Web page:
It was the second time that the Army placed the deployment of spy drones at the top of its annual arms procurement projects, said Rep. Song Young-sun of the minor opposition Future Hope Alliance, citing a report she obtained from the Army.
Other key procurement projects included a planned purchase of attack helicopters, deployment of more K-2 main battle tanks and a new multiple-launch rocket system, Song said.
The lawmaker didn't say what types of unmanned spy aircraft the Army wants to deploy. Army officials could not immediately be reached for comment.
Tensions on the Korean Peninsula remain high following the North's two deadly attacks last year that prompted Seoul to vow to unleash a tougher retaliation if Pyongyang provokes again.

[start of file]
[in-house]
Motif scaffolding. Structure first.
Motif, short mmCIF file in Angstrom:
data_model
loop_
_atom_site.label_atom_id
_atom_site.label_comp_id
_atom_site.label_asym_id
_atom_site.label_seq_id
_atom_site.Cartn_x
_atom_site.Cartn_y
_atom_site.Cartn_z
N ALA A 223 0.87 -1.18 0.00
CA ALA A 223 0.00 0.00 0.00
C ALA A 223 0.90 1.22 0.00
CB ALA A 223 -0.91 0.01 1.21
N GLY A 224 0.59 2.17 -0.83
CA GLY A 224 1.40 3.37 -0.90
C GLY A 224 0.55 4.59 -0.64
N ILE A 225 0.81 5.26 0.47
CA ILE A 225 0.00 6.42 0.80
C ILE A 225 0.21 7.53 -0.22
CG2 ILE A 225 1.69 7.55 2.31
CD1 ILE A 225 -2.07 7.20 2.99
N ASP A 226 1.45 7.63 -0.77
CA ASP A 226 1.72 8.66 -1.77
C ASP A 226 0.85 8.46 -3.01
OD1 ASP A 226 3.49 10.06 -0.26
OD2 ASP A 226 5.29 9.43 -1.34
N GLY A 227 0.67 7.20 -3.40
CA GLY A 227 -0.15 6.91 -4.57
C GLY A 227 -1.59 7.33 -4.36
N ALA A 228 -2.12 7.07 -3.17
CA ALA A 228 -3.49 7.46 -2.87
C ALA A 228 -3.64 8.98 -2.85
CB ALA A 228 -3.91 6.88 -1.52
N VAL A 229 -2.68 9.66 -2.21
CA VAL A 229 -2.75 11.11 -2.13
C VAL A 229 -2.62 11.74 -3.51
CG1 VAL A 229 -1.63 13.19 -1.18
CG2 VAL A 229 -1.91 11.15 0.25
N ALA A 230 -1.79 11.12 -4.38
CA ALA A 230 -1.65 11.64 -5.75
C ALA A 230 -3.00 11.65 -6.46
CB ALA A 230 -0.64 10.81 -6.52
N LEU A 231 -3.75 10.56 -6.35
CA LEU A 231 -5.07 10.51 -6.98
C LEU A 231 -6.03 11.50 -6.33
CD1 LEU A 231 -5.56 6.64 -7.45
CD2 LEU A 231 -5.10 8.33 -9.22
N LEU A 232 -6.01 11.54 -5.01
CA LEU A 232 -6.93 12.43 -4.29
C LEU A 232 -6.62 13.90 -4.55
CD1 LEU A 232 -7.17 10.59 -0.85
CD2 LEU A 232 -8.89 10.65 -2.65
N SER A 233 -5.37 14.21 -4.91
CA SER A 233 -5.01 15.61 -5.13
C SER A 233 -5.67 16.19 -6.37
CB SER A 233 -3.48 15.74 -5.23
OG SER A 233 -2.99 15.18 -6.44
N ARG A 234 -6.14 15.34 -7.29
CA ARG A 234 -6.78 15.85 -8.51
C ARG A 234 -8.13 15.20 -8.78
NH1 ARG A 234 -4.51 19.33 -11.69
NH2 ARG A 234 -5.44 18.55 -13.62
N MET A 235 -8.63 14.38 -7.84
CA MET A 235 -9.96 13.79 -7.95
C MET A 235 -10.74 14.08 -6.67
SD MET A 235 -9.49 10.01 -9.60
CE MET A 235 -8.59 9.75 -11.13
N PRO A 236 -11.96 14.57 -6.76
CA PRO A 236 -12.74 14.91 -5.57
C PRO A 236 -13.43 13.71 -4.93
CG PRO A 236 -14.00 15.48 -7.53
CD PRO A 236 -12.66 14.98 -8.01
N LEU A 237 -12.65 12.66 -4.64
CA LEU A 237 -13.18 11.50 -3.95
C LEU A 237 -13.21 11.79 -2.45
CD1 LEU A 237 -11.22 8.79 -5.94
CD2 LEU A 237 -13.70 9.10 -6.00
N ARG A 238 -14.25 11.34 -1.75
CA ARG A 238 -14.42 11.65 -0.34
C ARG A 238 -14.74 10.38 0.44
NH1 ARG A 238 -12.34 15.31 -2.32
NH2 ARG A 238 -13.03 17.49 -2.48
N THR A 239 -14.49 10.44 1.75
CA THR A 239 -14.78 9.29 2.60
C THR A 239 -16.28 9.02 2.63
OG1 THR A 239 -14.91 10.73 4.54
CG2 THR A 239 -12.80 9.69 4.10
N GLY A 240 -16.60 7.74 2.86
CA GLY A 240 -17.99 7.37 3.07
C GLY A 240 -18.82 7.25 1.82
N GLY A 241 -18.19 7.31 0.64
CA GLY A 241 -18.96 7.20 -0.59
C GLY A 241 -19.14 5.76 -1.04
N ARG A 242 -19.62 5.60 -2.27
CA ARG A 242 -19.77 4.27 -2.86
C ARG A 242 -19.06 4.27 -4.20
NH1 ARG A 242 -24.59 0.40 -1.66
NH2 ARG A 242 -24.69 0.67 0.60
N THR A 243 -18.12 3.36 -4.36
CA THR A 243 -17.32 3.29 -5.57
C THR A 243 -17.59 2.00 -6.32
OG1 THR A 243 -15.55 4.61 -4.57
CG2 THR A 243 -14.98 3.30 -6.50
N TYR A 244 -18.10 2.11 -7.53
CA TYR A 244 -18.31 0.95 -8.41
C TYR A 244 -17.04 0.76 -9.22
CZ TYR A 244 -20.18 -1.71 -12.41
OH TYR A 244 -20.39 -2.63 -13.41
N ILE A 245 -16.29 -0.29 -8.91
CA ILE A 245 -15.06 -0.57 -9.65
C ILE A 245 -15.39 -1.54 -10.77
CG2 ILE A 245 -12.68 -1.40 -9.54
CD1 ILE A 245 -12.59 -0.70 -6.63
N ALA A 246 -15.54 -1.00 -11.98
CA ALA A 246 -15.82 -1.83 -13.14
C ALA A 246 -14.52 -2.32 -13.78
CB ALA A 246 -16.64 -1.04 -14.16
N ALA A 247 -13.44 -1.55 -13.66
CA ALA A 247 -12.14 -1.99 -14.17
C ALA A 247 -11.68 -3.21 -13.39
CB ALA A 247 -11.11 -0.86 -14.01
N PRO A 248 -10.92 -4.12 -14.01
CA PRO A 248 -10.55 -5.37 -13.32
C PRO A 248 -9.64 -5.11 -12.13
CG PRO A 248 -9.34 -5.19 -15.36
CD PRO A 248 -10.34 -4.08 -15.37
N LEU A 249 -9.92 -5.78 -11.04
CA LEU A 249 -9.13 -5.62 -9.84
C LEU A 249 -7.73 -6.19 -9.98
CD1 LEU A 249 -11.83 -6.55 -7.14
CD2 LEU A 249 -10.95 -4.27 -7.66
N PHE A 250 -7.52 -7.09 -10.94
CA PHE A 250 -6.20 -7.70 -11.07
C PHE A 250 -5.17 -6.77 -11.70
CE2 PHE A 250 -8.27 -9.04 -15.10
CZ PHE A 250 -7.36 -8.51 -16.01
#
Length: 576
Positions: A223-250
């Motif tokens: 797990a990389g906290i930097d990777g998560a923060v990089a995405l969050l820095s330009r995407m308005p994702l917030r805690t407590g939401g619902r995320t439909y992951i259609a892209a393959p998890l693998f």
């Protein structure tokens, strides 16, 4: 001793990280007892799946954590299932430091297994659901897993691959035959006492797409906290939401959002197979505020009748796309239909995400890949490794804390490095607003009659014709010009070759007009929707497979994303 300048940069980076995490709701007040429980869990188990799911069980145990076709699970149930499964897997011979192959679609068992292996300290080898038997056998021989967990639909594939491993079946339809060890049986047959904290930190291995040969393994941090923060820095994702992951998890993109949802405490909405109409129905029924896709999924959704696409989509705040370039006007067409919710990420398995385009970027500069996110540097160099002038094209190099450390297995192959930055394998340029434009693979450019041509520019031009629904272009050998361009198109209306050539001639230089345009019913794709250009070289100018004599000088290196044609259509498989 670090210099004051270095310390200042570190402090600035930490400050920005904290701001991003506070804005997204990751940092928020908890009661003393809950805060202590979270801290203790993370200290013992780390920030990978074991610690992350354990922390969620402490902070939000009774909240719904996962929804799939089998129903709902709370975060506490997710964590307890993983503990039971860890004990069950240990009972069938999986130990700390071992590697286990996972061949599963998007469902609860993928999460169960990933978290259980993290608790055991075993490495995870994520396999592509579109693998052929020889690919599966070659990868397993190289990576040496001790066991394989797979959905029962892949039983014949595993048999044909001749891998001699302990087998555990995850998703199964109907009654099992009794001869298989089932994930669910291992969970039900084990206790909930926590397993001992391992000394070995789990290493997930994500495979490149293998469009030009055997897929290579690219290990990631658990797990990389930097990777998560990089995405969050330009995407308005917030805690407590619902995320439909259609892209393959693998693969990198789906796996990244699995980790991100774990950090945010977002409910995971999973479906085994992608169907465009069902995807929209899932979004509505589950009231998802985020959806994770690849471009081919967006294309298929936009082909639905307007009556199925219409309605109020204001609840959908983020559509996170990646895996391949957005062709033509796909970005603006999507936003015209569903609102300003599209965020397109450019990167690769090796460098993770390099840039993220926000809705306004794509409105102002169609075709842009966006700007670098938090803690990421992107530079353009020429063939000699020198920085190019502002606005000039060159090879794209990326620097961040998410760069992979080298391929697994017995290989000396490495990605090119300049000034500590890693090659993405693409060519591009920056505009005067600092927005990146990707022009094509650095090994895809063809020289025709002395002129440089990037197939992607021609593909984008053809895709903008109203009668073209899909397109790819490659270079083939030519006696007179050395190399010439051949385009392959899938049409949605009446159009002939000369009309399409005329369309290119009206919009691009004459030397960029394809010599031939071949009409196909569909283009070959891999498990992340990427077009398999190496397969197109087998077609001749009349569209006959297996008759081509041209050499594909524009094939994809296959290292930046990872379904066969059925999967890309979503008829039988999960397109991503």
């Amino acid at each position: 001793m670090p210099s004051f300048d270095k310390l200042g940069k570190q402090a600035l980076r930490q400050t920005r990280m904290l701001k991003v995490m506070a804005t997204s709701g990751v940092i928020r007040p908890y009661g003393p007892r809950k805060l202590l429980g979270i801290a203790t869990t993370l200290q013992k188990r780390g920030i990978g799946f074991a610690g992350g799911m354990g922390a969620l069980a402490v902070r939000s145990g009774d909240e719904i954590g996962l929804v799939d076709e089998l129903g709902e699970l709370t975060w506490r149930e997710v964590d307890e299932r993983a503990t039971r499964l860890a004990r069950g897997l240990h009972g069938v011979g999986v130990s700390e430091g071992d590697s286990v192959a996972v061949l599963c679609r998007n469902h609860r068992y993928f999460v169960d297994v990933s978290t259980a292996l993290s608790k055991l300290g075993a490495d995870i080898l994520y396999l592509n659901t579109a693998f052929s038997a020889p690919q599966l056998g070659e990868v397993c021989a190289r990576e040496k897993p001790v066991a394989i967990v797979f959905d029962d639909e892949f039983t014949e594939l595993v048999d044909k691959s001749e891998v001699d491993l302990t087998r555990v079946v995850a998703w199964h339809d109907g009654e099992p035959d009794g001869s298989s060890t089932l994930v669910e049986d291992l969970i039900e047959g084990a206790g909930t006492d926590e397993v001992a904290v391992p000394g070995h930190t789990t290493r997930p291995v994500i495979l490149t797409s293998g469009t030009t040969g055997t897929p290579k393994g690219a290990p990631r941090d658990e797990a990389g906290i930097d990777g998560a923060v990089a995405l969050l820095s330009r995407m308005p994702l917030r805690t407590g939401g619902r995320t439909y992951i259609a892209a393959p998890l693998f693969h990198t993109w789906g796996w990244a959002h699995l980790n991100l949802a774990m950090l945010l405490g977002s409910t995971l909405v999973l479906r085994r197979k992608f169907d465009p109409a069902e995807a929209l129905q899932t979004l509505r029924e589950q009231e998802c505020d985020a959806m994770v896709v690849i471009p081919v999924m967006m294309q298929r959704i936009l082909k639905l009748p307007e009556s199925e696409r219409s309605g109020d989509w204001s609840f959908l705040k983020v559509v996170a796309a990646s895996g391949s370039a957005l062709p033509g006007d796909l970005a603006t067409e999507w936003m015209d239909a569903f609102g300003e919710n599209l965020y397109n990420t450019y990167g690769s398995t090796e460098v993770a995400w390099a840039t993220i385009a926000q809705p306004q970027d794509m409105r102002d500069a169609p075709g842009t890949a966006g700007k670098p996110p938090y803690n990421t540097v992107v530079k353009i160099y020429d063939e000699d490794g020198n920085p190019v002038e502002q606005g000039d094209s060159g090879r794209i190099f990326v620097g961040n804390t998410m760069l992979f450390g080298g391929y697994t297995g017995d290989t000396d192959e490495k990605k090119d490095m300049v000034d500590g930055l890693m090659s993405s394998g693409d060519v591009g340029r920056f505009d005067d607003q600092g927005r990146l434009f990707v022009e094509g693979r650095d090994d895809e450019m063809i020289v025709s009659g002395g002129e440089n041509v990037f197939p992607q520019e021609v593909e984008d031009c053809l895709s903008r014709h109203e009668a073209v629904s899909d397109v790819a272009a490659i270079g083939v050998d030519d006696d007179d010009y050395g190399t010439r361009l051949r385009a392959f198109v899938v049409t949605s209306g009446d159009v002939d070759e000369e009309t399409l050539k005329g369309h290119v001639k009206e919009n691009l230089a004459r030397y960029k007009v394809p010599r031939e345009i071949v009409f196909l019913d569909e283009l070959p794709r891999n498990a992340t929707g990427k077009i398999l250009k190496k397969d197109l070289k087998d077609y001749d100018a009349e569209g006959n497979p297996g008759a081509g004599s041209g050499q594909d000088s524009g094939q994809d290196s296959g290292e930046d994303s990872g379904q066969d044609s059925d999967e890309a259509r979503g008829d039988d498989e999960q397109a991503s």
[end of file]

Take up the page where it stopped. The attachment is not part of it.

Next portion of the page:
South Korea's military is heavily relying on U.S. airborne intelligence, surveillance and reconnaissance capabilities to watch over North Korea. Some 28,500 U.S. troops are stationed in the South, a legacy of the 1950-53 Korean War.
Separately, Seoul asked Washington last year to sell it U.S.-made RQ-4 Global Hawk spy planes and is waiting to receive final approval for the planned purchase from the U.S. Defense Department.
The South's Air Force had originally planned to introduce the Global Hawk by 2015 but decided to speed up the deployment of the world's most advanced reconnaissance planes to strengthen its own intelligence abilities in the wake of the North's attacks last year, a military source said.